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Chaly

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Reply with quote  #1 
Forgive me if my question has been answered in the forum - I did a search and could not find the info I am looking for.

I've pulled the motor off my Singer101 to service the motor and also to clean up the old grease on the gears.  As I was inspecting the inside of the machine, I see the singer light's electrical cord is insulated in a white material.  Everything is intact and there are no wires exposed but the material is flaky.  See photo.  Were the light wires insulated in some type of lead material and is this oxidizing?  What to do?

Any advice appreciated.

Singer101lightcord.jpg 

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Jim/Steelsewing

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Yep. That's a lead tube. It's quite flexible. I actually pulled one out from the top once with the motor in place (I didn't know any better). I suppose, if you wanted to... you could probably do the same. As for the oxidation... I honestly do not know if it's harmful to anything besides the tube. Mine had some oxidation on the outside, but not as much as yours. I did clean it off and reinstall, but I also rewired the light at that time.

Perhaps someone else here can address the oxidation issue?

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OurWorkbench

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Reply with quote  #3 
Featherweight machines also have lead tubing to keep the wiring away from the gears. The recommendation is to clean it with Kerosene and then wipe it with either sewing machine oil or motor lubricant (aka petroleum jelly). You really don't need lead dust flying around.

Janey

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Rodney

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Reply with quote  #4 
If you don't need to mess with it just leave it alone.  It's enclosed almost all the time and can't hurt anything where it is.
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Chaly

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Reply with quote  #5 
 I appreciate the feedback.

I thought it might be lead so I definitely will minimize doing anything that doesn't need to be done.  So far, so good.  I just need to clean up the flake material before it's put back together.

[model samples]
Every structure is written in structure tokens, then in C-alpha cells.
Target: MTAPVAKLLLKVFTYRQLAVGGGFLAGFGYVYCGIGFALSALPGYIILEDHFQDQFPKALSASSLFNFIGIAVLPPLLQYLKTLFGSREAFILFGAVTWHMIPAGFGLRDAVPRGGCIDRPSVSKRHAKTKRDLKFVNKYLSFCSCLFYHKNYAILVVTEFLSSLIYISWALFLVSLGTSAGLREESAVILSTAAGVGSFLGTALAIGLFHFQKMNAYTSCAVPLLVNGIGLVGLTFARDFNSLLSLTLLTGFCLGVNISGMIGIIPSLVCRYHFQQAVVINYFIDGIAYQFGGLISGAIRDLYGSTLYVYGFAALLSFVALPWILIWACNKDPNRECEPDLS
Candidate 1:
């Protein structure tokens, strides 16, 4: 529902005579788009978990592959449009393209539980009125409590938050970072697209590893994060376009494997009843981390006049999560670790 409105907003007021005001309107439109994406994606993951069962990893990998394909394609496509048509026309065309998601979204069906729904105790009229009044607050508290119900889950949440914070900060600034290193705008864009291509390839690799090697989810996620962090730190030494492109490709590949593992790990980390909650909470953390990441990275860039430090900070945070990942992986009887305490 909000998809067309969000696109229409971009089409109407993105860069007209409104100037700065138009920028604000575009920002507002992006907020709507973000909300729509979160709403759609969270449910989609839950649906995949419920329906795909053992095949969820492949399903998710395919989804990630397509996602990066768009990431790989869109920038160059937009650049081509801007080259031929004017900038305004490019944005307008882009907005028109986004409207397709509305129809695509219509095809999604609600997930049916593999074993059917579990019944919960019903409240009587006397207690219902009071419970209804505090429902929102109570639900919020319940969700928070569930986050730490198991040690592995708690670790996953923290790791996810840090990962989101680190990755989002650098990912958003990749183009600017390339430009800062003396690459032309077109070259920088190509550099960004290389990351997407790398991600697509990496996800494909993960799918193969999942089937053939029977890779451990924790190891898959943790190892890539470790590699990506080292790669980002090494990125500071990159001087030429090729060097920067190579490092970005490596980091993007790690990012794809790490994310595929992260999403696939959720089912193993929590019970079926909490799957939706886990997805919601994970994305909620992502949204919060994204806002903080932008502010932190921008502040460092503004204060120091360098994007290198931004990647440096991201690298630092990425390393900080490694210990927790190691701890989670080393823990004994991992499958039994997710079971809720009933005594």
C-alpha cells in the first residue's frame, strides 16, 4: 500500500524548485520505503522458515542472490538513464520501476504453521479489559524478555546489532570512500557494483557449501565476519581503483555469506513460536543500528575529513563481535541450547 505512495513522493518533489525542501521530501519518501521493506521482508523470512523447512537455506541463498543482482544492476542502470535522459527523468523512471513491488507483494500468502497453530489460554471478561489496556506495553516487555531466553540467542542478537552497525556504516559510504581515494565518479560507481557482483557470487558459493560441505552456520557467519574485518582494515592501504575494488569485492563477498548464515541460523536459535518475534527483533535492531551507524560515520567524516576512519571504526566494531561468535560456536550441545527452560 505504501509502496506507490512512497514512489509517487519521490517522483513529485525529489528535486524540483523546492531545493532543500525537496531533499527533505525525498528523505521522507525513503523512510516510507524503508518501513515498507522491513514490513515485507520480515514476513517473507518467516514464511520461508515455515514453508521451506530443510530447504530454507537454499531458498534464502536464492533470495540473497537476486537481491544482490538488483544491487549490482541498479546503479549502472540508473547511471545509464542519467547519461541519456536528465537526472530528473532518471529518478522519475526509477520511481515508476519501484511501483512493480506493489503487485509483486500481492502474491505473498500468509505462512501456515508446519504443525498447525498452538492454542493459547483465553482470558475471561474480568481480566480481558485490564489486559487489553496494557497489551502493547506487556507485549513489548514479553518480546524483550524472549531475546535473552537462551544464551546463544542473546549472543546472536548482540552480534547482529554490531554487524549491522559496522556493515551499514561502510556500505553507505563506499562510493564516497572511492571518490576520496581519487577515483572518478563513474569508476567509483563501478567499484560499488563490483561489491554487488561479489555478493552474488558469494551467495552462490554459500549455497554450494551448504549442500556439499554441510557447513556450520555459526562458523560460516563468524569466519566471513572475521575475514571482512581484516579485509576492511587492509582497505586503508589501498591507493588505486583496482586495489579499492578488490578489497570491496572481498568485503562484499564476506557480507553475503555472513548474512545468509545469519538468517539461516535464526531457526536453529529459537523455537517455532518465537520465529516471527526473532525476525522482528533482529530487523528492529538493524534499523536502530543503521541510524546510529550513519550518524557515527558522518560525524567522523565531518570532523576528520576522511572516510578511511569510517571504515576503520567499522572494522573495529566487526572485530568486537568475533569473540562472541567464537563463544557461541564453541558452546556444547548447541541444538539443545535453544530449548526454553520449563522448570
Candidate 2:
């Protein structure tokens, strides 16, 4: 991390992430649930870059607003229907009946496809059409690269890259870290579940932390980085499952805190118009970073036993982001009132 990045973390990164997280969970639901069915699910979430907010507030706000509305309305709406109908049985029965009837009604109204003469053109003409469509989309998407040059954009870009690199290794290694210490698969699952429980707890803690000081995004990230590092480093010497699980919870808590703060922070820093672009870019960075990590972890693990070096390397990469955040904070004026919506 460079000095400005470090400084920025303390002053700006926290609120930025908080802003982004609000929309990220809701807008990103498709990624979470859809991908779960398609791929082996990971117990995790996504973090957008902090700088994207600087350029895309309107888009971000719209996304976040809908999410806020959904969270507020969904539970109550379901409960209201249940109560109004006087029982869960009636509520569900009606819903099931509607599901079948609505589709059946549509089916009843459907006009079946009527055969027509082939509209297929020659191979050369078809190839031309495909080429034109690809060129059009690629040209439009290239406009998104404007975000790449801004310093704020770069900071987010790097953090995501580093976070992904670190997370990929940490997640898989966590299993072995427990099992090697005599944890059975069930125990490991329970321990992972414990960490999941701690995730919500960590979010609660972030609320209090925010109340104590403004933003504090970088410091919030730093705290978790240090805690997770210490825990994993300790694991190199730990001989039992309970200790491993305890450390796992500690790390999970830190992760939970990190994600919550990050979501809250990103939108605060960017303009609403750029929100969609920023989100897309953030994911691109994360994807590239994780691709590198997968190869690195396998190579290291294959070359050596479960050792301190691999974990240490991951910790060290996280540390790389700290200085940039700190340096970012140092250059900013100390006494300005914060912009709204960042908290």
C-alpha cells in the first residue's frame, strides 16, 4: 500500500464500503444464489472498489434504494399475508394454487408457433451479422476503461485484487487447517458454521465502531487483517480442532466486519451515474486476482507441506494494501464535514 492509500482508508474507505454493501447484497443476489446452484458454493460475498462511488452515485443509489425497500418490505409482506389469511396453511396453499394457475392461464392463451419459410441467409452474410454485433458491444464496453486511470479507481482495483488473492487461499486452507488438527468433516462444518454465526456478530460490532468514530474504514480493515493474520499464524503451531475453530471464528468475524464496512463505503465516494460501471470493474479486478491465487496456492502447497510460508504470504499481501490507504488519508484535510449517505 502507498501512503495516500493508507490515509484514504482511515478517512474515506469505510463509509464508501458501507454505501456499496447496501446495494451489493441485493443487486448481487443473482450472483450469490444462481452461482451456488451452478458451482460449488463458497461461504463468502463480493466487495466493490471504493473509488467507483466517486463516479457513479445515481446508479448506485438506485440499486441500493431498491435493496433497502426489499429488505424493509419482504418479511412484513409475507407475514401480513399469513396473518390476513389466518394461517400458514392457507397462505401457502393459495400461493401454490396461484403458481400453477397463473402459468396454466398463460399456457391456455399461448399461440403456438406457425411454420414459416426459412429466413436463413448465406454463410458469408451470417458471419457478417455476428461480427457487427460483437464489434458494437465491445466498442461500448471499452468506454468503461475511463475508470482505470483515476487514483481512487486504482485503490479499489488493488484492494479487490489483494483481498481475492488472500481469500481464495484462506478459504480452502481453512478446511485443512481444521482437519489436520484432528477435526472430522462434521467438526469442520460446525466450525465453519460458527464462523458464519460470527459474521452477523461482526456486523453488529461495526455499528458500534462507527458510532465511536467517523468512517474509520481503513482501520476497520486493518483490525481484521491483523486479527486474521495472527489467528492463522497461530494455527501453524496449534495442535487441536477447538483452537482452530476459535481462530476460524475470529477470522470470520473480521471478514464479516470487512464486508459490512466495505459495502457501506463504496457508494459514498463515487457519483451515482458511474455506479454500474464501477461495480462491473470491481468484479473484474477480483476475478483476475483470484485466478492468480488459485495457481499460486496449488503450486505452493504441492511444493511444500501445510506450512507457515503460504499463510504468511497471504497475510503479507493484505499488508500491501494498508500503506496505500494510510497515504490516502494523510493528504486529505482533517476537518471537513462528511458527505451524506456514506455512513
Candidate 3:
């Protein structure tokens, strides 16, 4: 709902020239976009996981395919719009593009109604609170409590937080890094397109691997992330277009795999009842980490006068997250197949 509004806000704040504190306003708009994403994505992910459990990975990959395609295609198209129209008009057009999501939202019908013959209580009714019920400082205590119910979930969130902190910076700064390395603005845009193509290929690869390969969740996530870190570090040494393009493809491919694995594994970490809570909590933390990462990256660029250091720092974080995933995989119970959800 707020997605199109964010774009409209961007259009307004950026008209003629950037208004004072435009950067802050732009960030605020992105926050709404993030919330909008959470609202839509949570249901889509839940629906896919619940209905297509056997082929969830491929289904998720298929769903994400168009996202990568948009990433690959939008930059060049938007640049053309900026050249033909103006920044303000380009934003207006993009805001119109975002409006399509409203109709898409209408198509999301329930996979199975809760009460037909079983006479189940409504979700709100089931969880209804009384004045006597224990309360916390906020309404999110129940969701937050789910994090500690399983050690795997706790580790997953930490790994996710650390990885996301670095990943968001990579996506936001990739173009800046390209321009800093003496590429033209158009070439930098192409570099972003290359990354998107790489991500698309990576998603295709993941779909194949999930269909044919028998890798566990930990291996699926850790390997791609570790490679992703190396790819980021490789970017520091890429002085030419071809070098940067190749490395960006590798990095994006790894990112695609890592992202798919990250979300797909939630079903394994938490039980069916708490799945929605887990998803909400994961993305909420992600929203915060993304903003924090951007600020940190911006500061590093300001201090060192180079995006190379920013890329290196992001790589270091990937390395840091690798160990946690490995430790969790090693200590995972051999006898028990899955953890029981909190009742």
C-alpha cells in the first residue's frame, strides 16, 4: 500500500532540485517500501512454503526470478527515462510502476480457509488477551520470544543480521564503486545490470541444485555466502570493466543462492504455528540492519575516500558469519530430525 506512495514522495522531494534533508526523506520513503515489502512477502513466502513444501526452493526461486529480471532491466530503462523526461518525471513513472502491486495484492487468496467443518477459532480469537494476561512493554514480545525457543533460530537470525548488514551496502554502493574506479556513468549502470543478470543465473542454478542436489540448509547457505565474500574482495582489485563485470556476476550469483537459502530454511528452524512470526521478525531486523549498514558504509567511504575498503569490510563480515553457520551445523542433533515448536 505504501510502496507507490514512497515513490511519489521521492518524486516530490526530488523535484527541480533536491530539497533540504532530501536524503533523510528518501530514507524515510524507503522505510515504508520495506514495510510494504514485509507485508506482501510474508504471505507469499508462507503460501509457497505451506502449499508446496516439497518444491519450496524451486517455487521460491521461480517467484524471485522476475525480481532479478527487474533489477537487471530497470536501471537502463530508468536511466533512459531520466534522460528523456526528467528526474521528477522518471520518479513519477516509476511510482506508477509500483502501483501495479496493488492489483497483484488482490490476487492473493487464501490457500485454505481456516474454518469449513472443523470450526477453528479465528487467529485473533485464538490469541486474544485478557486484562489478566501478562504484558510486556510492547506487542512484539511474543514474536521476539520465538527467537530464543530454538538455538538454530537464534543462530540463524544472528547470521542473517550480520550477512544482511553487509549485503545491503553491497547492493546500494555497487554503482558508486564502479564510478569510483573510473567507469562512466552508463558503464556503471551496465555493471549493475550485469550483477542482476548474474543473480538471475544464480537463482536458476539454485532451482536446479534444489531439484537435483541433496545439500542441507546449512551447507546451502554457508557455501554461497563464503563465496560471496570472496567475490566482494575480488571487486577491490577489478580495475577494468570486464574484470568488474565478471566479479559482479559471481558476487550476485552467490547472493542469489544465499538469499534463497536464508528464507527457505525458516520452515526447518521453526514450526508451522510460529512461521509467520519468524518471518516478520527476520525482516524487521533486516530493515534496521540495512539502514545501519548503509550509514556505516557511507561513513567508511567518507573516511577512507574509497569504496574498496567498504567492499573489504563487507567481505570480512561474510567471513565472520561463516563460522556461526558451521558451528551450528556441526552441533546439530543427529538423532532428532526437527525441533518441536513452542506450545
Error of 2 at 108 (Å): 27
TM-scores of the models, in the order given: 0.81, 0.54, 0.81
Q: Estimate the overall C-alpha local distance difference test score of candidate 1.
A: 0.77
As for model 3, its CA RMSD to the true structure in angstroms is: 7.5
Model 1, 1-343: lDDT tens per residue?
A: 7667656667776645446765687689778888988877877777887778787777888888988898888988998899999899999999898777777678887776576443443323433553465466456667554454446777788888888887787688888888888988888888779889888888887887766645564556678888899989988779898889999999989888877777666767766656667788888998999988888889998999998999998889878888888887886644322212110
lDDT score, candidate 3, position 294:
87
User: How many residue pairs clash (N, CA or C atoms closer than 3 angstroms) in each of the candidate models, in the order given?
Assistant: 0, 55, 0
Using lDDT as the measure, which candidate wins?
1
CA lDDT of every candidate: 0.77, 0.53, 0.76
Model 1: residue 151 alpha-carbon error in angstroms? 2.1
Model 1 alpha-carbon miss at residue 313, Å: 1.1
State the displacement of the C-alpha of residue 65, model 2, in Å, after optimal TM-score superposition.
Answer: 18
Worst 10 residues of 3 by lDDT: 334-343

On reflection - it seems to me that many times the Singer lights are more pain than function.  Since I'm more of the purist type, I always do my best to keep everything original but I do get tempted when it comes to the lights to just remove them - except of course on the 201's and slants.

Thanks for the help.
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Miriam

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Reply with quote  #6 
I use that ikea light you can move and aim where you want it on my beater Singer. Some times if there is room I use two.
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Chaly

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Reply with quote  #7 
Yes - there's certainly some convenient alternatives for lighting without depending on these sometimes problematic Singer lights.

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Kitcarlson

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Make a better cord with modern electrical components. Use #12 insulated solid copper wire salvaged from romex house wire as internal support. Use #18 stranded TEW appliance wire for conductors, cover with heat shrink. Use quality crimp ring terminals. Picture shows Singer 221 example. Leave unconnected solid long enough to be clamped at ends.

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jpeg 20170827_085411.jpg (143.32 KB, 10 views)


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Jim/Steelsewing

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Reply with quote  #9 
Quote:
Originally Posted by Kitcarlson
Make a better cord with modern electrical components. Use #12 insulated solid copper wire salvaged from romex house wire as internal support. Use #18 stranded TEW appliance wire for conductors, cover with heat shrink. Use quality crimp ring terminals. Picture shows Singer 221 example. Leave unconnected solid enough to be clamped at ends,


That's excellent advise. Their may be a problem with these early 101 machines in that the light wires travel through the lead tube from back-top to bottom inside the head. Two strands of single solid AWG 18 gauge just barely squeeze into the tube. The tube protects the wires from any rubbing contact inside the machine body of moving bits. There are no internal clips or groves for the wire path to be secured so there could be rub. I'd need to carefully examine the wire path, but it's certainly possible!

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WI Lori